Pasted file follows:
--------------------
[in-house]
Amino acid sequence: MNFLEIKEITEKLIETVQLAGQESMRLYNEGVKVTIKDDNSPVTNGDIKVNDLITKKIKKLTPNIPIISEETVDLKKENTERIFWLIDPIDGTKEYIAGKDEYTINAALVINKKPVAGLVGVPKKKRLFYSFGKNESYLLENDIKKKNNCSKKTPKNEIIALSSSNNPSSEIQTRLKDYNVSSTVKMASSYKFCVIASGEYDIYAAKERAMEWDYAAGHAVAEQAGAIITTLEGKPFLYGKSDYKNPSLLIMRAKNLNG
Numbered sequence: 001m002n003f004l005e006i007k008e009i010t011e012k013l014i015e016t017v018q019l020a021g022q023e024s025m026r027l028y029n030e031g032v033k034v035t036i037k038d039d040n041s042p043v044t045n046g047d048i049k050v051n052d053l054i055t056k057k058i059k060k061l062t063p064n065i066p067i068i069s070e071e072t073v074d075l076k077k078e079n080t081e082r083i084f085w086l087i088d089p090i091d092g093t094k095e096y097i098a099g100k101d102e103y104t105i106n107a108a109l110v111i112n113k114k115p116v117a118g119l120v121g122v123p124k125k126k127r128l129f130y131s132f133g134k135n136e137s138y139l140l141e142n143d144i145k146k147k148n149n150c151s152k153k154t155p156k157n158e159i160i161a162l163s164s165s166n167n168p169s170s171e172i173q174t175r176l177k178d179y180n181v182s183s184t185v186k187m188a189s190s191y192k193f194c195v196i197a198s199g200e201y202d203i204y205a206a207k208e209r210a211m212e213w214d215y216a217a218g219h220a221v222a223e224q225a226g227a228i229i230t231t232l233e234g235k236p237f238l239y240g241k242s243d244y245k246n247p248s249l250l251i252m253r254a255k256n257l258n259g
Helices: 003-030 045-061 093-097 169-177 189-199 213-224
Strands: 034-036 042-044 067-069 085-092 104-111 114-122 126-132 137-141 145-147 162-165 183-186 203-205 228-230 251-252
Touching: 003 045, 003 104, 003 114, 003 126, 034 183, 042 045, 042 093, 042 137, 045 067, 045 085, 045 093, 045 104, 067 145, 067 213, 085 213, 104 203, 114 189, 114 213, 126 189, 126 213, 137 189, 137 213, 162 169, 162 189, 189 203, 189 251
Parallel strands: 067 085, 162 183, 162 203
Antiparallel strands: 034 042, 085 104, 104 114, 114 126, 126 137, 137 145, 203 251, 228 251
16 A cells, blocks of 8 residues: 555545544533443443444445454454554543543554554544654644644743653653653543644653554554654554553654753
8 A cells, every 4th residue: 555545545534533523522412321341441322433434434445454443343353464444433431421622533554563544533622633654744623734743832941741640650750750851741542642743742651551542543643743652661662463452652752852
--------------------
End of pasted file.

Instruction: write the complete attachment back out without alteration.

[in-house]
Amino acid sequence: MNFLEIKEITEKLIETVQLAGQESMRLYNEGVKVTIKDDNSPVTNGDIKVNDLITKKIKKLTPNIPIISEETVDLKKENTERIFWLIDPIDGTKEYIAGKDEYTINAALVINKKPVAGLVGVPKKKRLFYSFGKNESYLLENDIKKKNNCSKKTPKNEIIALSSSNNPSSEIQTRLKDYNVSSTVKMASSYKFCVIASGEYDIYAAKERAMEWDYAAGHAVAEQAGAIITTLEGKPFLYGKSDYKNPSLLIMRAKNLNG
Numbered sequence: 001m002n003f004l005e006i007k008e009i010t011e012k013l014i015e016t017v018q019l020a021g022q023e024s025m026r027l028y029n030e031g032v033k034v035t036i037k038d039d040n041s042p043v044t045n046g047d048i049k050v051n052d053l054i055t056k057k058i059k060k061l062t063p064n065i066p067i068i069s070e071e072t073v074d075l076k077k078e079n080t081e082r083i084f085w086l087i088d089p090i091d092g093t094k095e096y097i098a099g100k101d102e103y104t105i106n107a108a109l110v111i112n113k114k115p116v117a118g119l120v121g122v123p124k125k126k127r128l129f130y131s132f133g134k135n136e137s138y139l140l141e142n143d144i145k146k147k148n149n150c151s152k153k154t155p156k157n158e159i160i161a162l163s164s165s166n167n168p169s170s171e172i173q174t175r176l177k178d179y180n181v182s183s184t185v186k187m188a189s190s191y192k193f194c195v196i197a198s199g200e201y202d203i204y205a206a207k208e209r210a211m212e213w214d215y216a217a218g219h220a221v222a223e224q225a226g227a228i229i230t231t232l233e234g235k236p237f238l239y240g241k242s243d244y245k246n247p248s249l250l251i252m253r254a255k256n257l258n259g
Helices: 003-030 045-061 093-097 169-177 189-199 213-224
Strands: 034-036 042-044 067-069 085-092 104-111 114-122 126-132 137-141 145-147 162-165 183-186 203-205 228-230 251-252
Touching: 003 045, 003 104, 003 114, 003 126, 034 183, 042 045, 042 093, 042 137, 045 067, 045 085, 045 093, 045 104, 067 145, 067 213, 085 213, 104 203, 114 189, 114 213, 126 189, 126 213, 137 189, 137 213, 162 169, 162 189, 189 203, 189 251
Parallel strands: 067 085, 162 183, 162 203
Antiparallel strands: 034 042, 085 104, 104 114, 114 126, 126 137, 137 145, 203 251, 228 251
16 A cells, blocks of 8 residues: 555545544533443443444445454454554543543554554544654644644743653653653543644653554554654554553654753
8 A cells, every 4th residue: 555545545534533523522412321341441322433434434445454443343353464444433431421622533554563544533622633654744623734743832941741640650750750851741542642743742651551542543643743652661662463452652752852